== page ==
Mad Men recap: Don Draper begins the slow road back to redemption
Mad Men mastermind Matthew Weiner always takes his time. so it is no surprise that Sunday's episode, The Summer Man, featured our antihero Don Draper taking a good loooong while to climb out of the hole he's dug himself over the beginning of this season.
Along the way, we learned more about Don Draper/Dick Whitman that perhaps we ever knew before -- thanks to a controversial (among some fans, judging by Twitter) decision to include Draper's thoughts through voice over.
Here's what surprised me (even if we had been told this before):
That Draper/Whitman didn't graduate high school.
That Draper, who appears to be a master of control and discipline in his office, feels like he's never been able to control his emotions.
That the master of the 30-second soundbite doesn't feel comfortable writing long (I could give a few lessons, I know).
That he's drawn to women who surprise him, echo him and just might understand him.
In the way you might rip an old band aid off a wound that needs air, the death of Draper's first wife Anna seems to have shocked our listing hero into making better decisions. He's considering every drink he takes and refusing some; he's turning down sex with a woman he's desired for a while, because he wants more from her; he's putting himself in an uncomfortable situation to see his son, enduring the anger of his ex-wife's new husband to keep his children in his life.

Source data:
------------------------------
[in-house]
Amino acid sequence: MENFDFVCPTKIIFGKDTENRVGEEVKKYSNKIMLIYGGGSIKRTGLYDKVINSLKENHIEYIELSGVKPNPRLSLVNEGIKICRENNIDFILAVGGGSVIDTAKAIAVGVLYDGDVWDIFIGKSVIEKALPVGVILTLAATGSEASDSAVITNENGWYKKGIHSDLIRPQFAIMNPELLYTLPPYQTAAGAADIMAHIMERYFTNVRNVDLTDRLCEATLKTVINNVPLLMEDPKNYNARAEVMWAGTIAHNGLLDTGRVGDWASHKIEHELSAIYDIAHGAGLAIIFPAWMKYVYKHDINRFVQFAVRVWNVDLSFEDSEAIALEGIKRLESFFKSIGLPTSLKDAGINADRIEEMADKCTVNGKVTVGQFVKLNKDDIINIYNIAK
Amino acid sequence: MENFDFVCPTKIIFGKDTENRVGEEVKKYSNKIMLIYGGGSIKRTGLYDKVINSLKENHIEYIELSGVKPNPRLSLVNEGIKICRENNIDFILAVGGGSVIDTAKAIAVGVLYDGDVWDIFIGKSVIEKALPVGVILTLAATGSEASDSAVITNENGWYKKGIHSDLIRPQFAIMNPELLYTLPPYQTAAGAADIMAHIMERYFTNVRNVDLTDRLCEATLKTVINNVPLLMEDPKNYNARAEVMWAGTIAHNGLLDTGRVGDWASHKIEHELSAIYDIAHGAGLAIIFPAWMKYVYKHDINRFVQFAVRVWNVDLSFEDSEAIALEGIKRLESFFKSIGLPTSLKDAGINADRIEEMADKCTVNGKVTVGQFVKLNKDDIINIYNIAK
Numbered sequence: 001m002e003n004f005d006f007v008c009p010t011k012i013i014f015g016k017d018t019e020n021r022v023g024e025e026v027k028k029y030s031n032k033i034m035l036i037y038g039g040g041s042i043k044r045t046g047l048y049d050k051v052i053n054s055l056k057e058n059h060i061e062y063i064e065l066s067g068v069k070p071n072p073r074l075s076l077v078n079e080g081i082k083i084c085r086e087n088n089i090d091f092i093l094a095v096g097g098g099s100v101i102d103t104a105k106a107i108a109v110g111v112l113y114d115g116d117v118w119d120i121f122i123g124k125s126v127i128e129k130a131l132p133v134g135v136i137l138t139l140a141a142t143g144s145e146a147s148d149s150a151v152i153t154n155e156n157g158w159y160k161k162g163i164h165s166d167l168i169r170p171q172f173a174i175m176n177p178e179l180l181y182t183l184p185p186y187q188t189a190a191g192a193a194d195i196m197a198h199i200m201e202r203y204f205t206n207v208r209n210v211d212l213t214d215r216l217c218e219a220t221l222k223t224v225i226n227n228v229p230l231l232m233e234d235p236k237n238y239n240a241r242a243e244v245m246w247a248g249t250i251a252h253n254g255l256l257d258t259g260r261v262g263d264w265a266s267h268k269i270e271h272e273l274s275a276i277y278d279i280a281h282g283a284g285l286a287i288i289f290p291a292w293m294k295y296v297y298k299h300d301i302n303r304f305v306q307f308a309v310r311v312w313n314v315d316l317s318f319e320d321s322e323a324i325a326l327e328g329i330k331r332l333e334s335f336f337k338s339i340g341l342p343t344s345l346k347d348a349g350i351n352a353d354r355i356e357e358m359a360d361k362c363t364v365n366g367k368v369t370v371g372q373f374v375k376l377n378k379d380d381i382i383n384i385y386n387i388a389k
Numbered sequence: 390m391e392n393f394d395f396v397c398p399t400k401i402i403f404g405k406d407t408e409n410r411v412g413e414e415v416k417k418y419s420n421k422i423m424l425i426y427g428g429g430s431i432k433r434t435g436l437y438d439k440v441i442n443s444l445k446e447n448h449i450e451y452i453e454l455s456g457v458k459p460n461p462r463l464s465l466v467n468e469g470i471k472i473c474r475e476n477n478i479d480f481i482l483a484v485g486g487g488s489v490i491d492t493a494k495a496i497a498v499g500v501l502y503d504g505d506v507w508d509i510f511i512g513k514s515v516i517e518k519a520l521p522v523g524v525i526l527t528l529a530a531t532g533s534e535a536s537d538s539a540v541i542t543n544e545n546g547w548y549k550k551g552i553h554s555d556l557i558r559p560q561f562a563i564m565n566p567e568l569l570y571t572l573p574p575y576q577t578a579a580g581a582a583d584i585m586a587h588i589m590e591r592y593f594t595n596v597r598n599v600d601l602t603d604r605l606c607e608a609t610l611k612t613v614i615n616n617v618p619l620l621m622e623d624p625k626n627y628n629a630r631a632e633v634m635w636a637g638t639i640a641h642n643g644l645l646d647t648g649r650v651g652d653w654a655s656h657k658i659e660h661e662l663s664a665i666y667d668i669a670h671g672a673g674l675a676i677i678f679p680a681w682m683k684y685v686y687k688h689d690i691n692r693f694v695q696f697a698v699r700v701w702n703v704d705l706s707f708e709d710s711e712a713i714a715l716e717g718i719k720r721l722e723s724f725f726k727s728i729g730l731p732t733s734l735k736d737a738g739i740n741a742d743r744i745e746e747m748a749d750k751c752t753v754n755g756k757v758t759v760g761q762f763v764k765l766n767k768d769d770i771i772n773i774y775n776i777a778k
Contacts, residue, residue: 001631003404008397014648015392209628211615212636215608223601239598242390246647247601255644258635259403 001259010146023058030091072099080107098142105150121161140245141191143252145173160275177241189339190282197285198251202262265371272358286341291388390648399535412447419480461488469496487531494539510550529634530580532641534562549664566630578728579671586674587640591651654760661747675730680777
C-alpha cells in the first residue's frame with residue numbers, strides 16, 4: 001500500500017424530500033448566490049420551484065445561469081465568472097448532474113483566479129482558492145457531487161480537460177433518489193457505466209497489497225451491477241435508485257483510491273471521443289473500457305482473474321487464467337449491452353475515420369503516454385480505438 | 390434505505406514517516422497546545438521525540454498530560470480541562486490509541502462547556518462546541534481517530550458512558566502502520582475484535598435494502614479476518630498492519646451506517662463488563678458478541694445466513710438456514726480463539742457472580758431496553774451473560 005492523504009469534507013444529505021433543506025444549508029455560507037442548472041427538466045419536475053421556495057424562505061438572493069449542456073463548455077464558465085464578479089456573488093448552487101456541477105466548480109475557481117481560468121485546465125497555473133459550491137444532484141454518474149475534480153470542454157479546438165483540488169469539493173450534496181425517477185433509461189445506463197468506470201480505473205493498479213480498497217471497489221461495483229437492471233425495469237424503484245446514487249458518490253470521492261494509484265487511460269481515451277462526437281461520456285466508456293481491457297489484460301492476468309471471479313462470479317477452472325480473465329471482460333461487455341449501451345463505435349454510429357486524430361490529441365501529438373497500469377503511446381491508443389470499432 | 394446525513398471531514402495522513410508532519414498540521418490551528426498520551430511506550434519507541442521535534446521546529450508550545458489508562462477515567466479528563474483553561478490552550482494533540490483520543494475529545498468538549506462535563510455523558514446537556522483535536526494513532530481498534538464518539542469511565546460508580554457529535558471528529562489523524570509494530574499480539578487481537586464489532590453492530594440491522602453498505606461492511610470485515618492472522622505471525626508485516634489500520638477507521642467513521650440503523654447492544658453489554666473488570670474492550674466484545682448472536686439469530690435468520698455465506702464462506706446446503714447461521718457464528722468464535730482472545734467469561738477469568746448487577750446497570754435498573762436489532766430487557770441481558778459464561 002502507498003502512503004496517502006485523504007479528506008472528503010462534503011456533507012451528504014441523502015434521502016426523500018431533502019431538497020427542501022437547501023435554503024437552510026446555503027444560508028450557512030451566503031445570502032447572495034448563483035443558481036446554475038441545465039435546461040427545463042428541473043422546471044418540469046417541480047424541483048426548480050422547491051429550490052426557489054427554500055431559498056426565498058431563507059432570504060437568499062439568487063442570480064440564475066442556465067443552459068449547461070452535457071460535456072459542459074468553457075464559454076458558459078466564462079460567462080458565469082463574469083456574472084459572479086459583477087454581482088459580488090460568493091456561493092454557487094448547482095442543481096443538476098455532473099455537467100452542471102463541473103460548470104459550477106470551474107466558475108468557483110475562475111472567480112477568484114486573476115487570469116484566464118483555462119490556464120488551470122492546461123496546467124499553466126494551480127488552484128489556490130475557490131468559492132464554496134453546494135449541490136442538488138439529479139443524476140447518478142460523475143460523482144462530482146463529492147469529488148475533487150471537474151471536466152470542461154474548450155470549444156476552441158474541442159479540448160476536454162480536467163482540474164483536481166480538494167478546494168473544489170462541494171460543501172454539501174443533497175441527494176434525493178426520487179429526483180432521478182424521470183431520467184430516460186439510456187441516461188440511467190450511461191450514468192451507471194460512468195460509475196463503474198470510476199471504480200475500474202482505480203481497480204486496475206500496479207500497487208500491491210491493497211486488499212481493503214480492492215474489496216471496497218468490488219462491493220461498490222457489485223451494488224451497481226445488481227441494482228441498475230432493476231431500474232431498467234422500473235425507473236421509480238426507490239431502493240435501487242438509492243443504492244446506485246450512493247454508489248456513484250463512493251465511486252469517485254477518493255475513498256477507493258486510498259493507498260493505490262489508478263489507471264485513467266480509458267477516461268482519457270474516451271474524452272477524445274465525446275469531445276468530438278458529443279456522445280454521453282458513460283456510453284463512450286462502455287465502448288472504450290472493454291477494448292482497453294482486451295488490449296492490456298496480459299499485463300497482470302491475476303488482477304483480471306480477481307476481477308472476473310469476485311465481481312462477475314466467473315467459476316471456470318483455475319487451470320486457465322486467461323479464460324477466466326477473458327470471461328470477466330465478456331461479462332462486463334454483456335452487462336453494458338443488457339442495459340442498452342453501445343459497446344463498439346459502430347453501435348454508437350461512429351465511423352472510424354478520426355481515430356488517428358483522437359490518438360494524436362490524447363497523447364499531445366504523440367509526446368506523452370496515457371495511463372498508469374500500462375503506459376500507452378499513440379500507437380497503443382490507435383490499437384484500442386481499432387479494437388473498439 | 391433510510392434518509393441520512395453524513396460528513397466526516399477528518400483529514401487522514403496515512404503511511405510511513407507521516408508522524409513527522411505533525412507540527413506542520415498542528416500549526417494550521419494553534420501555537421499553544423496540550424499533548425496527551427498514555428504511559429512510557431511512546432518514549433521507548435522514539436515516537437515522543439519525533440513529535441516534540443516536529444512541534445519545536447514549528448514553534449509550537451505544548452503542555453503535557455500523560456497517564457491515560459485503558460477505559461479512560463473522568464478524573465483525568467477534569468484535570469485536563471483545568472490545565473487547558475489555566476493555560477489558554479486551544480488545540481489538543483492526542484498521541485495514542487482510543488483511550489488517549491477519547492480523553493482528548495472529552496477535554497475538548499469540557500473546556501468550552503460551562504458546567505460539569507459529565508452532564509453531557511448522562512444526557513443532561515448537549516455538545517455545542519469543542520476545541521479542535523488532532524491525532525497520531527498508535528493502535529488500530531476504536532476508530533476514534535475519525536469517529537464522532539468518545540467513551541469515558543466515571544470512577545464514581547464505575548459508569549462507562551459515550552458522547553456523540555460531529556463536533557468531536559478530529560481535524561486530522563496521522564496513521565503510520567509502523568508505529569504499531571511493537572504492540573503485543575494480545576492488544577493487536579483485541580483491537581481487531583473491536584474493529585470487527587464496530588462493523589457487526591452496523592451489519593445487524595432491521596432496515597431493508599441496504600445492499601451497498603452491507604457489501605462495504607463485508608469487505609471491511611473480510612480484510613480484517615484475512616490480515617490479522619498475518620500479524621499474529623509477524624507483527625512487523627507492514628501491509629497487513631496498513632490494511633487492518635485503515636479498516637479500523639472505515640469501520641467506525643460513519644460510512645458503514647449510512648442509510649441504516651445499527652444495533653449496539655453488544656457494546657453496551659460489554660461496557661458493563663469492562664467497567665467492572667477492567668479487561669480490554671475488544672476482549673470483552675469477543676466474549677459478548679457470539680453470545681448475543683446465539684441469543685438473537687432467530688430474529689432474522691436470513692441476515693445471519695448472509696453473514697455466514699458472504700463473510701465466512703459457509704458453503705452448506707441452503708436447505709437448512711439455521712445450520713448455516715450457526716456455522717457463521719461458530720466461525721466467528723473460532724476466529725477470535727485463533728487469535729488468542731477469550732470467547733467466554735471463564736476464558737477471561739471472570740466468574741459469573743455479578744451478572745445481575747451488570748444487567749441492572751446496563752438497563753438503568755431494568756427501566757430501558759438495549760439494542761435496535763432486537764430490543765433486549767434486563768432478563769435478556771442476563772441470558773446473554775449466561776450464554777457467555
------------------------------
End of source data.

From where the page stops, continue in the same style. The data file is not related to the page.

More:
My favorite scene from Sunday's show -- aside from the showcase moments for Christina Hendricks' underused office manager Joan Harris -- was the moment Draper took the young girl he was occasionally seeing to a restaurant that his -ex-wife Betty also visited with her new husband. in that moment, the audience and Don realized that the young girl was simply another version of Betty -- young, well-heeled, emotionally needy and totally unequipped to deal with him beyond his socially acceptable facade.
But the firm's office psychologist Dr. Faye Miller is another matter. She's having her own romantic troubles at the show's start -- clearly understands Draper in the way she initially put off his advances and surprises him as a professional woman who ably navigates her unorthodox role in Madison Avenue's clubby environs.
Small wonder he's taking his time with her, refusing to have a one night stand that goes nowhere. She's his last, best hope for a romantic partner who might truly understand him -- if he can cultivate some of the personal discipline he so artfully fakes in his work life.
The show spent just enough time with Joan to remind us what an enigma she is, vulnerable to a jerk of a husband and privately devastated by the vulgar disrespect of a freelance illustrator in the office, she lashes out at Peggy for firing the guy when he goes too far -- refusing to allow that canning a sexually harassing jerk on the creative team is kind of Peggy's job.
The struggle to find new, healthier roles is a constant on Mad Men. The open question is whether Draper can restrain his demons long enough to find a new one for himself.